This is a guest post from Miranda Marquit, a financial journalist. She writes for a number of publications about subjects related to money. You can read more of her writing at PlantingMoneySeeds.com.
When you have a mountain of student loan debt, it’s tempting to pay it off as soon as possible — no matter the sacrifice involved. I know that when I finished my own graduate degree, I had close to $60,000 in student loan debt. And that’s relatively tame compared to some of the debt taken on by other professionals.
However, after some serious thought, I decided that I didn’t need to pay off my student loan debt early. After consolidating all of my loans, my interest rate was 1.9%. I’m 10 years into a 25-year student loan repayment, and have no interest in repaying my loan early. Instead, I take the money that would have gone toward student loan debt reduction and invest it.
Low Interest, Tax-Deductible Loans
While your student loan rate might not be as low as mine, chances are that it’s still relatively low. And student loan interest is tax-deductible. So, even though you’re still paying interest, it’s usually not as much as a credit card, and you receive a tax advantage, which offsets some of the costs involved.
Many consider loan repayment a guaranteed return on your money. If you are paying 5.50% on your consolidated loans, paying them down quickly is like a return in that amount. However, if that money is going toward loan reduction, it’s not building your nest egg.
If you invest and receive 10% annualized returns, you are receiving what amounts to about 4.50%, after you subtract your student loan interest payments. However, you are setting money aside for the future, and building a nest egg. If you use a tax-advantaged account and consider the impact of compound interest on your investments, the long-term impact might be larger than the bare numbers suggest.
Another possibility is student loan refinancing. For many professionals with incomes that make them ineligible for income-based student loan repayment and protection options, it might be possible to refinance student loans to rates that are closer to the 2.5% – 3.5% range. For graduates with good credit, those rates might be even lower, allowing the potential for higher returns when the focus isn’t on paying of student loans early.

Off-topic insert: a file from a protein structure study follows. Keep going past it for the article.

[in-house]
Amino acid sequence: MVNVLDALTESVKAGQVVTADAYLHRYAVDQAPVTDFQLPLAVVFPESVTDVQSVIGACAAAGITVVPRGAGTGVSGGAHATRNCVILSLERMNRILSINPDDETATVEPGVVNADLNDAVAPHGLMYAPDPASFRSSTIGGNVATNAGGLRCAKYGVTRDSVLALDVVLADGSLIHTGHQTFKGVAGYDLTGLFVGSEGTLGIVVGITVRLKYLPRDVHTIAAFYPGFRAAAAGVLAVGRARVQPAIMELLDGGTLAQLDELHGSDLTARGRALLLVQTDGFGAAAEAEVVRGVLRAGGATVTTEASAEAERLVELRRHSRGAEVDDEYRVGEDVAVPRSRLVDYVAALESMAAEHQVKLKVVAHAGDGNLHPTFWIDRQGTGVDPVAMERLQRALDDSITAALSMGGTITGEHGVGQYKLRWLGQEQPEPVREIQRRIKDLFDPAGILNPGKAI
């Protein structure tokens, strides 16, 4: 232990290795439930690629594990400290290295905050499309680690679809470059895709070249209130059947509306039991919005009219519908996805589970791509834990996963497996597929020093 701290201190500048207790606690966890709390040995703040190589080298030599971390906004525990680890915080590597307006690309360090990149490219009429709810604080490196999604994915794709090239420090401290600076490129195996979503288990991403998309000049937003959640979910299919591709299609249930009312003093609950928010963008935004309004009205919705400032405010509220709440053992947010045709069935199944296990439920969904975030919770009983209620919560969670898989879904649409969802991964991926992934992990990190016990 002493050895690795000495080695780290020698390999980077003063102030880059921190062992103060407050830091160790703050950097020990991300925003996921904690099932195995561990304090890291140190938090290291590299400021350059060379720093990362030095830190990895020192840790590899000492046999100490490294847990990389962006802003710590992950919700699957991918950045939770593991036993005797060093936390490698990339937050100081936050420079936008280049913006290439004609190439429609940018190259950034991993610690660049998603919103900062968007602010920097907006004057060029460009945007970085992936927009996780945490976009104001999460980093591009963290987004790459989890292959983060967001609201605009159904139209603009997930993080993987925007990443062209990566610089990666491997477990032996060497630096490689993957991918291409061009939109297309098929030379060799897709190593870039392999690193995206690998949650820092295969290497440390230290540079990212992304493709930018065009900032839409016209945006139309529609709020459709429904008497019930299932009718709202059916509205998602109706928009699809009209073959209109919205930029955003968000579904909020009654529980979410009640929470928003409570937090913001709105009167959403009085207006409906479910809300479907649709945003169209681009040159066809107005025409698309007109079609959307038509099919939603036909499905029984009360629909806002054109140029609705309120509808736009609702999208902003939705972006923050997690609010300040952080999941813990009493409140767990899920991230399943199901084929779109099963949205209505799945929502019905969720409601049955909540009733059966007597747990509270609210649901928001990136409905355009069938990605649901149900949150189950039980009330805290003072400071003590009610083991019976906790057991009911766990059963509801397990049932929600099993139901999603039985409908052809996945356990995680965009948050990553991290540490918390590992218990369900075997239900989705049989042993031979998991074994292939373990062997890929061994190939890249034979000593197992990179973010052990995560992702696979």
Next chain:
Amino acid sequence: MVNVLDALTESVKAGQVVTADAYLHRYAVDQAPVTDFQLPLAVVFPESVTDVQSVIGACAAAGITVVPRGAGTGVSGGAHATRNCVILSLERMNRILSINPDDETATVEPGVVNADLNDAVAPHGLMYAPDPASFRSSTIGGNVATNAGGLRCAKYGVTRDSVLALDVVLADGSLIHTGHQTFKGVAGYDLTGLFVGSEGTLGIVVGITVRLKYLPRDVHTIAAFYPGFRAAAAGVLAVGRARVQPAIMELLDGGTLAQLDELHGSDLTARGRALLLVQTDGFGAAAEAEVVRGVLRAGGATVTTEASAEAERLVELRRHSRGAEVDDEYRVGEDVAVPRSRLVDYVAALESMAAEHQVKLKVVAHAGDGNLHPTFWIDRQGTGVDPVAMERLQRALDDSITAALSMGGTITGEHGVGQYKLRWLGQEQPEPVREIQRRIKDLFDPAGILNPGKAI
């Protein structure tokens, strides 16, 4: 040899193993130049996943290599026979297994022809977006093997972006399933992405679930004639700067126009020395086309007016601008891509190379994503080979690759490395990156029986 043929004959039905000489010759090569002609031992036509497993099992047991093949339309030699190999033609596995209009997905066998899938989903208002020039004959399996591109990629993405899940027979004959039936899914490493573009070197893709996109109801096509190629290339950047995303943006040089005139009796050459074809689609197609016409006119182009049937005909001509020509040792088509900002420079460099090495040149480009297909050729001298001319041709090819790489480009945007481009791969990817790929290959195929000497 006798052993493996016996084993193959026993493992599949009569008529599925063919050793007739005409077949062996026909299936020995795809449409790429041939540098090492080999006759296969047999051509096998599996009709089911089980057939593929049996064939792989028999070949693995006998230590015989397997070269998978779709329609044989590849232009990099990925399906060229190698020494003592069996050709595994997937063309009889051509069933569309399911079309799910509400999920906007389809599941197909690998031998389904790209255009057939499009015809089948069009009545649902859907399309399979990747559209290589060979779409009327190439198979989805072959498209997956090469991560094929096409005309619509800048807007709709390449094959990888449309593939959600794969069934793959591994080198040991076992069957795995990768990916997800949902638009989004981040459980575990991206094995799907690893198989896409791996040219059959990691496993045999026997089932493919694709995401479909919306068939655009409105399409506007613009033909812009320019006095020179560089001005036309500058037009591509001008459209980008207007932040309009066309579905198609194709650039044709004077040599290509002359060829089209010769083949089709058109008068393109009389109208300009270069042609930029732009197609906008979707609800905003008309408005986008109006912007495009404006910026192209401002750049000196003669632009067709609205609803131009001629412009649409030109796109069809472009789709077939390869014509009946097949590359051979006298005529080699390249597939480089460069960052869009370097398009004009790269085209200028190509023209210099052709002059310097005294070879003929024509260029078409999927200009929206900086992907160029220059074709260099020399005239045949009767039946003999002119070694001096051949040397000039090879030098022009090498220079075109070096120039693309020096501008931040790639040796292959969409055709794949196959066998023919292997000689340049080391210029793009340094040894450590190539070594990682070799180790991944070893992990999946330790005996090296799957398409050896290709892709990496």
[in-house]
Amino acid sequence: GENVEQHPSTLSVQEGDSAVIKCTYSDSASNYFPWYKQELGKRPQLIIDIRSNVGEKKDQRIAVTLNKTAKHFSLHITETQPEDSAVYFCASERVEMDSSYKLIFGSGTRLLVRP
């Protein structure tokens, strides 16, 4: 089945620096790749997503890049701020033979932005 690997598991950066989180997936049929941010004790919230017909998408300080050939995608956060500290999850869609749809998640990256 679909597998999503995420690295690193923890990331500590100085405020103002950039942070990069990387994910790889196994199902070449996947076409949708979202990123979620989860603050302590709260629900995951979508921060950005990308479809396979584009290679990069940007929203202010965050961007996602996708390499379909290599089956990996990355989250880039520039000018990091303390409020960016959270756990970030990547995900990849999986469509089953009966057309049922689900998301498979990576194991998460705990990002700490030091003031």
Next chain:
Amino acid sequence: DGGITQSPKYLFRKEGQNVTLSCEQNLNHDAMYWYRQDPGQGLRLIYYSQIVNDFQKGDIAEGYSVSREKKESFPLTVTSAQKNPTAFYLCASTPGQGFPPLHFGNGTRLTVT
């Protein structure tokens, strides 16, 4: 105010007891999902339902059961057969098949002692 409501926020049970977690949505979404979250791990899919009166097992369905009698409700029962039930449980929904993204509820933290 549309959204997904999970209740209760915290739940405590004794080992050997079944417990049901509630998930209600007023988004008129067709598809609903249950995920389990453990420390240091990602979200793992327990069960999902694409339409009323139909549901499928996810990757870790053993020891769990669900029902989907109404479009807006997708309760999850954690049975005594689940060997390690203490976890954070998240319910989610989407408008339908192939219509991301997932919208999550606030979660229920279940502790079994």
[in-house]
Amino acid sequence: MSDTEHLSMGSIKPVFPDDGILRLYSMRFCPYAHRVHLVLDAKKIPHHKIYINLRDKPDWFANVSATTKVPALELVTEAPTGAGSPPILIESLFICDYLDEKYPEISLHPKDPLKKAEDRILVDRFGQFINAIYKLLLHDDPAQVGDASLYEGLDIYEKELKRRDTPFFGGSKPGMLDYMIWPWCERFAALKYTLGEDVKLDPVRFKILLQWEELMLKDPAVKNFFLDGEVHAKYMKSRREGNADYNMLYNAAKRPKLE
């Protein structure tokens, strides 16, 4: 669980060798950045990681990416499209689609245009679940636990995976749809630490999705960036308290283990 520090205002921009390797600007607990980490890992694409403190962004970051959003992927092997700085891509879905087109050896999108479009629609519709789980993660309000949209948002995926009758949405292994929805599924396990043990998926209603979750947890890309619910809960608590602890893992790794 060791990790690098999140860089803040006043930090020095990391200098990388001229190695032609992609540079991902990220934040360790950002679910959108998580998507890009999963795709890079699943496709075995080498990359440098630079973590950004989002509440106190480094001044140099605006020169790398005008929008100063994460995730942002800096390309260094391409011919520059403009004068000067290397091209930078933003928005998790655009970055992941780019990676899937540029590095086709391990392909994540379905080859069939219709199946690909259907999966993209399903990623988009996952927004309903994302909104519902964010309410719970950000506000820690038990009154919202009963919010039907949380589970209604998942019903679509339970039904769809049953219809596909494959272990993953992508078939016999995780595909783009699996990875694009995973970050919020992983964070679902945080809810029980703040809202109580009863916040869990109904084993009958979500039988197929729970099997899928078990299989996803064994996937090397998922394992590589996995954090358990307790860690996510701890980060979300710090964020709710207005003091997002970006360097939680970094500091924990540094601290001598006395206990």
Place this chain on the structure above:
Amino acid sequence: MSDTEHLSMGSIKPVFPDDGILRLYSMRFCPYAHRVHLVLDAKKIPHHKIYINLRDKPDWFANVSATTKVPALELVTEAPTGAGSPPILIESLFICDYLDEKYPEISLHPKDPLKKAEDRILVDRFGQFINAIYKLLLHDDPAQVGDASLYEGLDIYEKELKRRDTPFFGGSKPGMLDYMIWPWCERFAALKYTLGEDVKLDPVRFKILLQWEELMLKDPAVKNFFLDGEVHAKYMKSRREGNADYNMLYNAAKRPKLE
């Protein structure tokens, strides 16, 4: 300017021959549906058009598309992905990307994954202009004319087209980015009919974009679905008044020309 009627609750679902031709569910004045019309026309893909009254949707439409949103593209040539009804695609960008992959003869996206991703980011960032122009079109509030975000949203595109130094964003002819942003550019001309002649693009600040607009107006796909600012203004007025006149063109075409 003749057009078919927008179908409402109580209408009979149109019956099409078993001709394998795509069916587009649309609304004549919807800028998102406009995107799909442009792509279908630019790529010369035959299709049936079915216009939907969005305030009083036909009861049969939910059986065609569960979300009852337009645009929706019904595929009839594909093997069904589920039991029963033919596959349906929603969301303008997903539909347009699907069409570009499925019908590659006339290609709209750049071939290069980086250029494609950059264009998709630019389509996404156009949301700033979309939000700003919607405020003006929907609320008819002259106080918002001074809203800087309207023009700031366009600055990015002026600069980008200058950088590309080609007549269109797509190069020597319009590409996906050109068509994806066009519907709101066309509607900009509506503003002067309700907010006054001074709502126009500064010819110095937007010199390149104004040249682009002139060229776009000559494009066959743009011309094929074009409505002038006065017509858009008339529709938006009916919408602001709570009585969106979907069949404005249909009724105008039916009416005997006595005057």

What About Setting Money Aside for Savings?
Don’t forget to consider savings. Putting money in a savings account with a yield of 1% (or less), isn’t likely to provide you with returns that exceed your loan pay down benefit. However, setting money aside in a liquid account can be of benefit to you, even if you don’t feel your money is growing as efficiently as it could be.
Diverting some of the money you would have used for your student loan debt to savings can provide you with peace of mind. Knowing that you’re building an emergency fund can help you feel better about your finances, and prevent you from turning to credit cards when things get tough. However, as far as returns go, you may not even beat inflation when you use a savings account.
Debt Freedom & Peace of Mind
Sometimes, it’s the peace of mind argument that matters most. Even if you can see potentially higher returns with the help of investing, you might not be comfortable carrying the student loan debt for a long time. If you are able to sleep better at night knowing that you are putting that money toward becoming debt-free, that might be the better option for you. It’s possible to put all the money you’ve been using to repay student loans into long-term investing, later, after you’ve gotten rid of the debt.
Think about your priorities, and what really matters to you, as well as how you feel about your situation. Run the numbers and pay attention to your gut feeling. Then decide the best use of your money.